High school basketball: Scott Raper plays a vital role in Centennial building a tradition

Even if it means dressing up as a cheerleader, Raper will do whatever it takes to lead his team to greatness.
by Scott Wright Published: March 4, 2013
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For the third year in a row, a promise has been made.

Centennial basketball coach Scott Raper won't say what it is. The players chose the details.


But if Centennial comes through the Class 3A state tournament bracket with its third consecutive championship, you can bet Raper will be performing some embarrassing act next week.

Maybe he'll shave his head a third time, or wear a cheerleader's outfit, like he did last year — each act performed in front of Centennial's entire student body, all the way down to the seventh graders, in an assembly that generates as much excitement as any you'll see at a high school.

Making it a school-wide event is important at the Oklahoma City Public Schools facility located at NE 101 and Kelley. Basketball has become the first ray of light to poke through to the outside world for the school that has only been open since 2007.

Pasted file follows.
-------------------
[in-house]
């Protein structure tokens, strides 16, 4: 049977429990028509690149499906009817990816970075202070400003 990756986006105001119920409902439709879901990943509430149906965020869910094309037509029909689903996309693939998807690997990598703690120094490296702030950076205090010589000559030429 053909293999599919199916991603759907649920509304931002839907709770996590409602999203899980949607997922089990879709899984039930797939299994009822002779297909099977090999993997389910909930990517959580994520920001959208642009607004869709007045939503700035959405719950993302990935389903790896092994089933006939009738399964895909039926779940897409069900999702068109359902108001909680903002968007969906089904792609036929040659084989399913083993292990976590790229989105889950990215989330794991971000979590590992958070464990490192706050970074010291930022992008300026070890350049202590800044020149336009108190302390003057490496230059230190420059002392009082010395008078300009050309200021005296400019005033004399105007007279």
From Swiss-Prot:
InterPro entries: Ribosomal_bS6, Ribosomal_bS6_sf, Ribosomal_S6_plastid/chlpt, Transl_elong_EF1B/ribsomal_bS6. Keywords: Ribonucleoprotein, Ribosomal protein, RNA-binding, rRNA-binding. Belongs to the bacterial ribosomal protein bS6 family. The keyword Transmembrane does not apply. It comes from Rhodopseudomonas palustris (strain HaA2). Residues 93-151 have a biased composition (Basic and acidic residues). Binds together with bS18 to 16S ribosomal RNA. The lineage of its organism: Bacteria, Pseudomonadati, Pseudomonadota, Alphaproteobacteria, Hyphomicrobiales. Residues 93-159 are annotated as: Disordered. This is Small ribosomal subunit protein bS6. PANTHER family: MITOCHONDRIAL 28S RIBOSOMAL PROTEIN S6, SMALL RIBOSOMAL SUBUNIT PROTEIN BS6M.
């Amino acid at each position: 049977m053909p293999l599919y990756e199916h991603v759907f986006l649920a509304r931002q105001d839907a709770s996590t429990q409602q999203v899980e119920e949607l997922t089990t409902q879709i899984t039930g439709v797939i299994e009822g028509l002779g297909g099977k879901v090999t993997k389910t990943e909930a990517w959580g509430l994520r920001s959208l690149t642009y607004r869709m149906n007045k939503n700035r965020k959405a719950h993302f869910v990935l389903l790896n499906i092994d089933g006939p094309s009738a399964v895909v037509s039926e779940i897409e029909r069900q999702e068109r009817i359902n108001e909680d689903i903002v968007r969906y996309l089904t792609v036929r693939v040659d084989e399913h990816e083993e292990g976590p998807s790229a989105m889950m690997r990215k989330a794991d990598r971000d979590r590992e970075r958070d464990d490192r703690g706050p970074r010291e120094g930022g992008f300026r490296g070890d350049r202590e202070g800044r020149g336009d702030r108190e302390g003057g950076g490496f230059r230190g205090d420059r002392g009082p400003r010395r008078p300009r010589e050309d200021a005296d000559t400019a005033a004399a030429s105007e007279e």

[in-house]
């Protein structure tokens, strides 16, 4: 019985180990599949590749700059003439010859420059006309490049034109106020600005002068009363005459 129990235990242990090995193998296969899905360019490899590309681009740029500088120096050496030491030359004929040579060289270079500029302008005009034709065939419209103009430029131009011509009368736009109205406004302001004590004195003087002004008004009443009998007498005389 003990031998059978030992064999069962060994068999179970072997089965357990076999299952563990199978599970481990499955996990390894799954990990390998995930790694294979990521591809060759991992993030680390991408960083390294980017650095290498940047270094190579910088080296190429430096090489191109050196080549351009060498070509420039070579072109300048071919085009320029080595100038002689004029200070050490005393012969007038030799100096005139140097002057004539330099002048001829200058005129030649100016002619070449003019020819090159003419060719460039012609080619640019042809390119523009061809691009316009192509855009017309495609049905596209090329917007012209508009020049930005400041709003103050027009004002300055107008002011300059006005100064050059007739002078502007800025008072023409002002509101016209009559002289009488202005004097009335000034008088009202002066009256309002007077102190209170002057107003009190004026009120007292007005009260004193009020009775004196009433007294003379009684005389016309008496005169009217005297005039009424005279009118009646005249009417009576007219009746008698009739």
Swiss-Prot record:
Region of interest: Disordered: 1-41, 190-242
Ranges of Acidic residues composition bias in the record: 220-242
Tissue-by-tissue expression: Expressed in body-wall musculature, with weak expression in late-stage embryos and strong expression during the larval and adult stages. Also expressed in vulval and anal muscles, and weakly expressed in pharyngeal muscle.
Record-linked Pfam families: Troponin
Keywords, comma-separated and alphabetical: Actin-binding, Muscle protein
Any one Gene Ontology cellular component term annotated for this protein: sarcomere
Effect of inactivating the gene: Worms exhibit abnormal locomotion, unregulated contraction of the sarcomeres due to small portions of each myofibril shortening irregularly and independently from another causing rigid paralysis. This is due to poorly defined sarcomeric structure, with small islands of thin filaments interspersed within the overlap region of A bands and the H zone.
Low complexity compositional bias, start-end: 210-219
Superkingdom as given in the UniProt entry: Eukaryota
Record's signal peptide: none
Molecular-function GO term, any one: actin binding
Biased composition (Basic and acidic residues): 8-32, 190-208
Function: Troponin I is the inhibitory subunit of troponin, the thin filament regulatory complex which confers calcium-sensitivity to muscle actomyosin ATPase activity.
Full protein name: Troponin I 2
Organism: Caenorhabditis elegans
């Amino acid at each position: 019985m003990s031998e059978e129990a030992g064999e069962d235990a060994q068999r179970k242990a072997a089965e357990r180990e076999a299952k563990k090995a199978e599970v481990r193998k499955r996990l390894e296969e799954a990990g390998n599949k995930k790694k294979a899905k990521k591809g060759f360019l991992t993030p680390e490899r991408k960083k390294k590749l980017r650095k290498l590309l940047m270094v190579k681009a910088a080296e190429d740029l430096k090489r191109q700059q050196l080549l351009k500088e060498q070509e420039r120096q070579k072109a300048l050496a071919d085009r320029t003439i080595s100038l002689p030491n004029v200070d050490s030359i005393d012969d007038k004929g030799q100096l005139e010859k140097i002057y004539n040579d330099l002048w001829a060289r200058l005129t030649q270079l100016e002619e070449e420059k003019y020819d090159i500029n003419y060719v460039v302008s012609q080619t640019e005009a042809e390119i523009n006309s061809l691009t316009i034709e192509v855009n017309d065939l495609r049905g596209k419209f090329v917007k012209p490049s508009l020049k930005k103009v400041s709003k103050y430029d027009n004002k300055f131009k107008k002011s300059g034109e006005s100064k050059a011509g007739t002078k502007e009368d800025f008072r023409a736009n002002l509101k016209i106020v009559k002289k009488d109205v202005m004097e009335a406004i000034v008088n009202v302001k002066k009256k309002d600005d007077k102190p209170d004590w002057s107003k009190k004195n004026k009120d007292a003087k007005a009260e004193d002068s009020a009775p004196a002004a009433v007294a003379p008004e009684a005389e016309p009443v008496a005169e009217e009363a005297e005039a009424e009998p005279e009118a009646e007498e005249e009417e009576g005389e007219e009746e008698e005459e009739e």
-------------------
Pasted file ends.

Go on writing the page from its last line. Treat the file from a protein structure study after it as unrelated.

“We don't have a lot of tradition yet, and the basketball program is helping us to establish some tradition,” Centennial principal Charmaine Johnson said. “It gives us a positive energy of success, because that's what we're looking for on the court and on the field, but also in the classroom and the hallways.

“It brings a positive energy that says to the kids that we can do anything and we can be successful if we set forth our minds and are committed.”

Raper plays a vital role in that process. The son of Hall of Fame coach Dub Raper, Scott Raper coaches his team with the same principles the school is trying to instill in its students.

Hard work, dedication, expectations of greatness.

“He understands his kids and he can relate to the kids he has,” said Dub Raper, who took teams to state at four different schools, including Carl Albert and Millwood. “He has a lot more patience than I did as a coach. He knows how to work with his players when they do things, make mistakes.”

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by Scott Wright
Reporter
A lifelong resident of the Oklahoma City metro area, Scott Wright has been on The Oklahoman staff since 2005, covering a little bit of everything on the state's sports scene. He has been a beat writer for football and basketball at Oklahoma and...
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